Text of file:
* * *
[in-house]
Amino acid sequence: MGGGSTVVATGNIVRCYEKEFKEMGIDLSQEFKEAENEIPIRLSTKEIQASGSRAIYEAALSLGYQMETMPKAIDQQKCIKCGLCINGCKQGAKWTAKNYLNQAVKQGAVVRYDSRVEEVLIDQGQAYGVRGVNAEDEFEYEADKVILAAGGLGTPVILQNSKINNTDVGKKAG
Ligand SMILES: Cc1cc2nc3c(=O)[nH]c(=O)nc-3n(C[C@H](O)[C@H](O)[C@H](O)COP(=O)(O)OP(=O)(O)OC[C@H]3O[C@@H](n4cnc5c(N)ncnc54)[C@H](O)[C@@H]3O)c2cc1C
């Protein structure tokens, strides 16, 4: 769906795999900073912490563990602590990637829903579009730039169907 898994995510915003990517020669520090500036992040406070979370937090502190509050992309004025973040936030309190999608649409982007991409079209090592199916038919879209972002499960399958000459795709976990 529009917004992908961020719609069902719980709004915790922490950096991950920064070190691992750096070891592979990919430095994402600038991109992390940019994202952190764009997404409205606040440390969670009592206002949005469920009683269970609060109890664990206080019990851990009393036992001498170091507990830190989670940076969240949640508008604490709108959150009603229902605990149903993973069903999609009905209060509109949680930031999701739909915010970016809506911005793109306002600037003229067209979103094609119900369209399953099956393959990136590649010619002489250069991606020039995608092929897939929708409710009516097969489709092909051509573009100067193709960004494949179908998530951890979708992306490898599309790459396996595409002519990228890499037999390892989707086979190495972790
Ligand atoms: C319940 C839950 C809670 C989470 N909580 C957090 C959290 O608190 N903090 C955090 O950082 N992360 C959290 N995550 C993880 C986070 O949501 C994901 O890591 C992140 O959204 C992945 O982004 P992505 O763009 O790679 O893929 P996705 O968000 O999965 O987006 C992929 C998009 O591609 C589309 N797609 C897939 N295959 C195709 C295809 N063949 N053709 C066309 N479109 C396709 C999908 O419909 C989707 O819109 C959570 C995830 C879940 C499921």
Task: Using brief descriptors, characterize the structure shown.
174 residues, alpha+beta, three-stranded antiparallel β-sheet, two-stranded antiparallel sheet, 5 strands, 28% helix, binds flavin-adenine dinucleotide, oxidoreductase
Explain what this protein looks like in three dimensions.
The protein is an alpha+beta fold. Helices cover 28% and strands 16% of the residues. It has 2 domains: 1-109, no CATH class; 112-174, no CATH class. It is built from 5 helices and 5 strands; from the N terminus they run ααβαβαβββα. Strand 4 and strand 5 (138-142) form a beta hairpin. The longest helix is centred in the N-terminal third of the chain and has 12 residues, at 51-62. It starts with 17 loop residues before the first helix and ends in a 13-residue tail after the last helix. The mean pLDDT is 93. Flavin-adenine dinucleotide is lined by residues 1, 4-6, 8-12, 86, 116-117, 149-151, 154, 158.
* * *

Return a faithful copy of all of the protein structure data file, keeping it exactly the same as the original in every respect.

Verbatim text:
[in-house]
Amino acid sequence: MGGGSTVVATGNIVRCYEKEFKEMGIDLSQEFKEAENEIPIRLSTKEIQASGSRAIYEAALSLGYQMETMPKAIDQQKCIKCGLCINGCKQGAKWTAKNYLNQAVKQGAVVRYDSRVEEVLIDQGQAYGVRGVNAEDEFEYEADKVILAAGGLGTPVILQNSKINNTDVGKKAG
Ligand SMILES: Cc1cc2nc3c(=O)[nH]c(=O)nc-3n(C[C@H](O)[C@H](O)[C@H](O)COP(=O)(O)OP(=O)(O)OC[C@H]3O[C@@H](n4cnc5c(N)ncnc54)[C@H](O)[C@@H]3O)c2cc1C
């Protein structure tokens, strides 16, 4: 769906795999900073912490563990602590990637829903579009730039169907 898994995510915003990517020669520090500036992040406070979370937090502190509050992309004025973040936030309190999608649409982007991409079209090592199916038919879209972002499960399958000459795709976990 529009917004992908961020719609069902719980709004915790922490950096991950920064070190691992750096070891592979990919430095994402600038991109992390940019994202952190764009997404409205606040440390969670009592206002949005469920009683269970609060109890664990206080019990851990009393036992001498170091507990830190989670940076969240949640508008604490709108959150009603229902605990149903993973069903999609009905209060509109949680930031999701739909915010970016809506911005793109306002600037003229067209979103094609119900369209399953099956393959990136590649010619002489250069991606020039995608092929897939929708409710009516097969489709092909051509573009100067193709960004494949179908998530951890979708992306490898599309790459396996595409002519990228890499037999390892989707086979190495972790
Ligand atoms: C319940 C839950 C809670 C989470 N909580 C957090 C959290 O608190 N903090 C955090 O950082 N992360 C959290 N995550 C993880 C986070 O949501 C994901 O890591 C992140 O959204 C992945 O982004 P992505 O763009 O790679 O893929 P996705 O968000 O999965 O987006 C992929 C998009 O591609 C589309 N797609 C897939 N295959 C195709 C295809 N063949 N053709 C066309 N479109 C396709 C999908 O419909 C989707 O819109 C959570 C995830 C879940 C499921």
Task: Using brief descriptors, characterize the structure shown.
174 residues, alpha+beta, three-stranded antiparallel β-sheet, two-stranded antiparallel sheet, 5 strands, 28% helix, binds flavin-adenine dinucleotide, oxidoreductase
Explain what this protein looks like in three dimensions.
The protein is an alpha+beta fold. Helices cover 28% and strands 16% of the residues. It has 2 domains: 1-109, no CATH class; 112-174, no CATH class. It is built from 5 helices and 5 strands; from the N terminus they run ααβαβαβββα. Strand 4 and strand 5 (138-142) form a beta hairpin. The longest helix is centred in the N-terminal third of the chain and has 12 residues, at 51-62. It starts with 17 loop residues before the first helix and ends in a 13-residue tail after the last helix. The mean pLDDT is 93. Flavin-adenine dinucleotide is lined by residues 1, 4-6, 8-12, 86, 116-117, 149-151, 154, 158.